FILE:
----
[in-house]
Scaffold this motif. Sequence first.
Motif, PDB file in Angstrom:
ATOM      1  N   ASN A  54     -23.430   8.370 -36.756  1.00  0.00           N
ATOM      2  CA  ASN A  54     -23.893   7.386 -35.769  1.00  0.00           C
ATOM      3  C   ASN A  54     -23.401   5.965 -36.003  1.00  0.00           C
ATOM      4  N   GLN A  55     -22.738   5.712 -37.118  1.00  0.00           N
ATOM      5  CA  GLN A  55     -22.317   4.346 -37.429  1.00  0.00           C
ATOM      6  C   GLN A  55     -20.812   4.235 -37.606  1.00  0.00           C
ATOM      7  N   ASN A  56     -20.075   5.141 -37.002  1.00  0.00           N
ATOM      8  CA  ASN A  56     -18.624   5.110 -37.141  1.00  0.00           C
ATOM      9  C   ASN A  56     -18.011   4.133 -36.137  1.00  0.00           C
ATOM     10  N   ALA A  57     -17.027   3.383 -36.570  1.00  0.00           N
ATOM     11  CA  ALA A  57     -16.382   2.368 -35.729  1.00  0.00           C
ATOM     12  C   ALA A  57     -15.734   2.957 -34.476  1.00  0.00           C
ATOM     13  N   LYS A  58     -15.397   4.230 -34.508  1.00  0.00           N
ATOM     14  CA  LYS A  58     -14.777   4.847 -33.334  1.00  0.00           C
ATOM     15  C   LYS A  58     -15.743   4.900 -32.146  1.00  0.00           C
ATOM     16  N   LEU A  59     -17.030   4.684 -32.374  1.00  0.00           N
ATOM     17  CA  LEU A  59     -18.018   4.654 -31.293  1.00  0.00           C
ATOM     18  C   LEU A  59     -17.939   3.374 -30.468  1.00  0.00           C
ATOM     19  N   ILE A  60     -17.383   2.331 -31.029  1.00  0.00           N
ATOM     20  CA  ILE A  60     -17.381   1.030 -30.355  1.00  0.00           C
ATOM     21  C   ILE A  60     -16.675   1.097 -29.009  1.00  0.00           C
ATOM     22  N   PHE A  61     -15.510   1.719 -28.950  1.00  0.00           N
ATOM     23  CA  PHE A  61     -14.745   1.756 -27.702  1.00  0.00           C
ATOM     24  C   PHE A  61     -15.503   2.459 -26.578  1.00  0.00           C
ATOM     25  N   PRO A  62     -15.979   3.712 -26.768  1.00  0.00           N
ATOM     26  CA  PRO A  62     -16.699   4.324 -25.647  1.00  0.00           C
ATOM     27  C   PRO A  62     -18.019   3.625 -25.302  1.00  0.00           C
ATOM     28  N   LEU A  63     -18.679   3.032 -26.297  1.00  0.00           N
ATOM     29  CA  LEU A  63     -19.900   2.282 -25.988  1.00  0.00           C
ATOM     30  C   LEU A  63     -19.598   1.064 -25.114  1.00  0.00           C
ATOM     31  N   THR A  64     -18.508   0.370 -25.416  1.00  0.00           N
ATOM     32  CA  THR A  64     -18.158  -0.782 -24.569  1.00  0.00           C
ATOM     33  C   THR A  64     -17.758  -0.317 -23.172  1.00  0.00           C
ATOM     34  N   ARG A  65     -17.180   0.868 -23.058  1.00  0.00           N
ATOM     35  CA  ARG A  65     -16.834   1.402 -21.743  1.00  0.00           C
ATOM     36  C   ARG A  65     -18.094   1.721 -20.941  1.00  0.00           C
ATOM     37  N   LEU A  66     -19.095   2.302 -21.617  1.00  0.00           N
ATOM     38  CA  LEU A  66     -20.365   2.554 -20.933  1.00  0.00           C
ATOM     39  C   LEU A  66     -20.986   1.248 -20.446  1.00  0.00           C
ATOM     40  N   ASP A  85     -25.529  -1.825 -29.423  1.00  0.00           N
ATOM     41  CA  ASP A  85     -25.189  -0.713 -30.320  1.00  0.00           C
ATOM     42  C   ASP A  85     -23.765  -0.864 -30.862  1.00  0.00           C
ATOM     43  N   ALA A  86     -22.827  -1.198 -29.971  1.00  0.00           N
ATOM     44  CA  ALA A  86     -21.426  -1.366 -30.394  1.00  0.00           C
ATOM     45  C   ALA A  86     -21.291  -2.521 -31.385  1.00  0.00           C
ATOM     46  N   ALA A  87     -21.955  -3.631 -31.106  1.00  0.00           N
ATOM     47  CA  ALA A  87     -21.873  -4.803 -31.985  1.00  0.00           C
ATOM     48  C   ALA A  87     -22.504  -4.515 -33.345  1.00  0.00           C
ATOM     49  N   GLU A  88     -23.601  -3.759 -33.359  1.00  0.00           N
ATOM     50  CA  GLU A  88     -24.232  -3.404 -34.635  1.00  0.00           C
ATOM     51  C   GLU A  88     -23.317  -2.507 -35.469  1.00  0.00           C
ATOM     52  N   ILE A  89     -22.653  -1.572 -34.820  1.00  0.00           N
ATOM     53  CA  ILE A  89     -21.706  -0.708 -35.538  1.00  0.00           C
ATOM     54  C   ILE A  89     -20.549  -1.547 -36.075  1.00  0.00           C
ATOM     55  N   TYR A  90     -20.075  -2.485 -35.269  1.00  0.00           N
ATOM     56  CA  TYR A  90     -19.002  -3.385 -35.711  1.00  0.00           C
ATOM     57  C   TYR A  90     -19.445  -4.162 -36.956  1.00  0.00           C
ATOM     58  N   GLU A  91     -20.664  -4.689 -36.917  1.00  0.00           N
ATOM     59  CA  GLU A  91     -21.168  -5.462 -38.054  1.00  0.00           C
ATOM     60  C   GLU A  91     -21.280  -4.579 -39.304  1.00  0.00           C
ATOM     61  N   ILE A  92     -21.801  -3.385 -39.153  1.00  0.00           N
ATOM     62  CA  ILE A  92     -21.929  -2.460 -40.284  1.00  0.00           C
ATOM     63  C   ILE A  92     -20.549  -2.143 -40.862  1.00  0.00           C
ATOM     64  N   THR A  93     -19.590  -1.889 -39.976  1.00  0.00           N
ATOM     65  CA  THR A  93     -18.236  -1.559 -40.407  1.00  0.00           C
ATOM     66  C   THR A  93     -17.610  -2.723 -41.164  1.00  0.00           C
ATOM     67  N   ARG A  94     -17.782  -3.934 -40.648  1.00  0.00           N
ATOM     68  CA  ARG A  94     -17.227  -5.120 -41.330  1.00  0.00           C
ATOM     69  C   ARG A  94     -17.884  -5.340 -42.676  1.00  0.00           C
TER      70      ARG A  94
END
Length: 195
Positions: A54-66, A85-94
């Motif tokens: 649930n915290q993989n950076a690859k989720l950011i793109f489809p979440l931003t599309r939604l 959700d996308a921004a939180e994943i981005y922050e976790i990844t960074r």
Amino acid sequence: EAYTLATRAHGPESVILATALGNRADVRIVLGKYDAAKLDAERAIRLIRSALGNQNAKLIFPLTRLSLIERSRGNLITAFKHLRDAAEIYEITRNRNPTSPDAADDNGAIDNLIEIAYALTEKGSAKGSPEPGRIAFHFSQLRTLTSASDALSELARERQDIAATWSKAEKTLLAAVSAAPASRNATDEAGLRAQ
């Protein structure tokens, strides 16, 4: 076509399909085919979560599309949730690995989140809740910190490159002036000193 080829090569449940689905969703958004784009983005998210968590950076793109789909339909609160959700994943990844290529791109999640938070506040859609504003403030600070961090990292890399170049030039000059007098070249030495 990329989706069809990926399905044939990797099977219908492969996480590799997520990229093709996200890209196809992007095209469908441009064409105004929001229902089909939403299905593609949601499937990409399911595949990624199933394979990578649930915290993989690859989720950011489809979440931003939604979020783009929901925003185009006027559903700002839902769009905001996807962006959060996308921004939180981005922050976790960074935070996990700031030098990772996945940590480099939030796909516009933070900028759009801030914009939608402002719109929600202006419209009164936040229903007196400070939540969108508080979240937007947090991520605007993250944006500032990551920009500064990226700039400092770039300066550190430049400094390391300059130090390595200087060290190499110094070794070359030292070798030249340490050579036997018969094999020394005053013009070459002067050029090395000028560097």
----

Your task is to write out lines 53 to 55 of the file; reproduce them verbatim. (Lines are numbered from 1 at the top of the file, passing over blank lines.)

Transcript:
ATOM     50  CA  GLU A  88     -24.232  -3.404 -34.635  1.00  0.00           C
ATOM     51  C   GLU A  88     -23.317  -2.507 -35.469  1.00  0.00           C
ATOM     52  N   ILE A  89     -22.653  -1.572 -34.820  1.00  0.00           N